Improvisation, Poetry Contests, and a Draft

Beata Moon, whose composition Piano Fantasy (1998) I played in a recital a few years ago, writes to me about my saying that I never improvise on the piano. She says, “I would encourage you to improvise on the piano.  I didn’t improvise a note until after college.  I had a job playing for a modern dance class and the teacher was kind to let me improvise for her class.  The more you do it, the more comfortable it will get.  You have to turn off the critical voice in your mind though.”

Story: When I was still in high school I took lessons from a music professor at Wichita State University—Dr. Robert Steinbauer, a very good teacher. One of the things he had me do outside of my lessons was to write a song. I no longer have it, but I do remember that the words came much easier to me than the music, which he acknowledged after seeing/hearing the results!

I do believe that the more you do anything, the easier it gets. And you definitely have to “turn off the critical voice in your mind”whether you are “performing” for someone else or just by yourself.  I said in my last post that poetry is mainly improvisation; however, many would disagree, arguing that improvisation applies only to free verse, and even then, there is the constant opportunity to revise.

I also said that I do not have as disciplined an approach to writing as I do to the piano, partly because, for my writing, there is usually no deadline (on the other hand, I have indicated that I plan a piano recital for 2015 as well as the regular scholarship auditions at the Wisconsin Conservatory of Music next spring). When our writing group is meeting, that provides a good “deadline” every couple of weeks. But in the absence of that this month, I have decided (somewhat surprisingly for me) to enter a poetry contest.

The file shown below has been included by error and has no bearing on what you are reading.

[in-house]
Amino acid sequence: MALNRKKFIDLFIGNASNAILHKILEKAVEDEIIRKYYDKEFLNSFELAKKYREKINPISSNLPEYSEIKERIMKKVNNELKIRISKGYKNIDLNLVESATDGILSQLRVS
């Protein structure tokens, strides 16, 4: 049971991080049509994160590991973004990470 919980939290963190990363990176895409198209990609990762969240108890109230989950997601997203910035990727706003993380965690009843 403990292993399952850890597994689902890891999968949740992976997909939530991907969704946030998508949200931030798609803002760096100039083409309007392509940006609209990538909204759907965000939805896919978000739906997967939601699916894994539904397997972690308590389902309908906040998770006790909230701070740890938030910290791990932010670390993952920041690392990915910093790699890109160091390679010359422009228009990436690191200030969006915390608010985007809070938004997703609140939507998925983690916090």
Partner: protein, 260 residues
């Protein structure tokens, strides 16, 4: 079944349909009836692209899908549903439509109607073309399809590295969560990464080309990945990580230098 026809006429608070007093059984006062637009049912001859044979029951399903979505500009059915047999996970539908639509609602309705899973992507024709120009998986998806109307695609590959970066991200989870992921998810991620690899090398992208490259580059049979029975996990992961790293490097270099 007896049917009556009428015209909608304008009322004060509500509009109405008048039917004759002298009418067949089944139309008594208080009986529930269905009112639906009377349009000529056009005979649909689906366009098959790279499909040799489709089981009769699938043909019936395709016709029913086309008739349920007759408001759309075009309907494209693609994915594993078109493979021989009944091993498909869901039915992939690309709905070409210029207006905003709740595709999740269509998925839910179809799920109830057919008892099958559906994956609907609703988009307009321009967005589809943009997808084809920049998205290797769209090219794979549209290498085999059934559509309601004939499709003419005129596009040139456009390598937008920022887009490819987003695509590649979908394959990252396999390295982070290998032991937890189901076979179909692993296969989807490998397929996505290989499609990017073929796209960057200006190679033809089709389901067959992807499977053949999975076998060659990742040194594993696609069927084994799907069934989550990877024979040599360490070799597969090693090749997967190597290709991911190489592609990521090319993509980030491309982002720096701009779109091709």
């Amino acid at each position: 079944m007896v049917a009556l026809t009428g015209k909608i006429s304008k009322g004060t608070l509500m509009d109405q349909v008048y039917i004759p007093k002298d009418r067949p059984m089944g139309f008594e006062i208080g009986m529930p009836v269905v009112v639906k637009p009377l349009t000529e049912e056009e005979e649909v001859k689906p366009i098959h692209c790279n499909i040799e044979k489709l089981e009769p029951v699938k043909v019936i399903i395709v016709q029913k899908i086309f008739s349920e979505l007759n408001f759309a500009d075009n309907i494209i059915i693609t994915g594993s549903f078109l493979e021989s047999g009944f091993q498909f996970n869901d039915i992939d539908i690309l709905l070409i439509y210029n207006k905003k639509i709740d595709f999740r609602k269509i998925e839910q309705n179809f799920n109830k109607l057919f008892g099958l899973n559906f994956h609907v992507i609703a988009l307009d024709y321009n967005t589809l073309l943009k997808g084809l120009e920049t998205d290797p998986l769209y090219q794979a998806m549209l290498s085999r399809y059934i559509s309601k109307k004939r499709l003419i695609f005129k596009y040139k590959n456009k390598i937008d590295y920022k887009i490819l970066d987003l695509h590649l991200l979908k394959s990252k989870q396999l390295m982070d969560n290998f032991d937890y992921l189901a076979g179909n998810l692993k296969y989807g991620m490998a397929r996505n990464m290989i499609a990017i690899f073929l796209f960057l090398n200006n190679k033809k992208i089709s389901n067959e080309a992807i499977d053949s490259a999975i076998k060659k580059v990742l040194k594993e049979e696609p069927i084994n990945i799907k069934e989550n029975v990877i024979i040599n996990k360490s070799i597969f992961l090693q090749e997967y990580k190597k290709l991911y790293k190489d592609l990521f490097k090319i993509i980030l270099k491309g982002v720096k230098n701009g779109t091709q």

Like most poets, I have very mixed feelings about poetry contests. First, there is the entrance fee, which usually I don’t mind, since in most cases it goes to support the magazine.  As a beginner, I was always excited by the announced judge: i.e. he or she would actually read my work! Not so. There are often so many entries that they are screened, often by twenty-something MFA students—not my best audience. And I have always been a bit intimidated, not having that degree myself. And so, feeling that I was pretty much entering a lottery with a very low chance of “winning,” I have not entered such contests for a long time, even though, because of similar criticisms, many such contests have changed their format.

There is one that I came across in an email from the Wisconsin Fellowship of Poets yesterday: ZO magazine “orchestrates a broad presentation of multidisciplinary art, poetry, music, literary and design offerings — through a daily changing CLOUD PUBLICATION. We will publish an annual ‘COLLECTOR’S EDITION’ glossy MAGAZINE showcasing an internationally curated 2D museum of creations (later this year).”   They are sponsoring a contest for poems based on a painting by Luis José Estremadoyro (on the magazine’s site). The deadline is August 31, and one’s first entry of up to three poems is free, although further entries must be paid for. The topic interests me—a riff on a painting. I definitely like what I see, especially the multidisciplinary approach.  And it gives me a deadline! and some ideas to overcome that initial blank page which shouts out, “You idiot! Have you nothing to say?”

In the meantime, I have been playing with the Flash poem I mentioned earlier, Cebrennus rechenbergi or The Flic-Flac : Found Poem with Quiz. Often feeling like a rat in a maze, I have worked through most of the initial technological challenges in the past week or so and now have a draft which I hope can be accessed through the link above (you will need to have Flash Player installed on your computer. If you don’t, you can download it for free here.)

This is a DRAFT. There are still things I want to do to make the text stand out more, and I would like to have the shifts of text accompany more closely the cuts in the video (which is admittedly of poor quality—there’s not much I can do about that). I do know how to cut a video into segments now, but doing it differently would entail a lot of time, which I’m not sure I’m willing to do with this “experiment,” at least not now. However, I am considering adding sound or even music to this version, and wonder if anyone has any ideas about that. I don’t think I would be likely to use any identifiable pieces, since that might create a sense of unintended irony. On the other hand, I don’t want to use anything sentimental or too obviously “meaningful.” I guess that’s a tall order. What do you think of leaving it silent?

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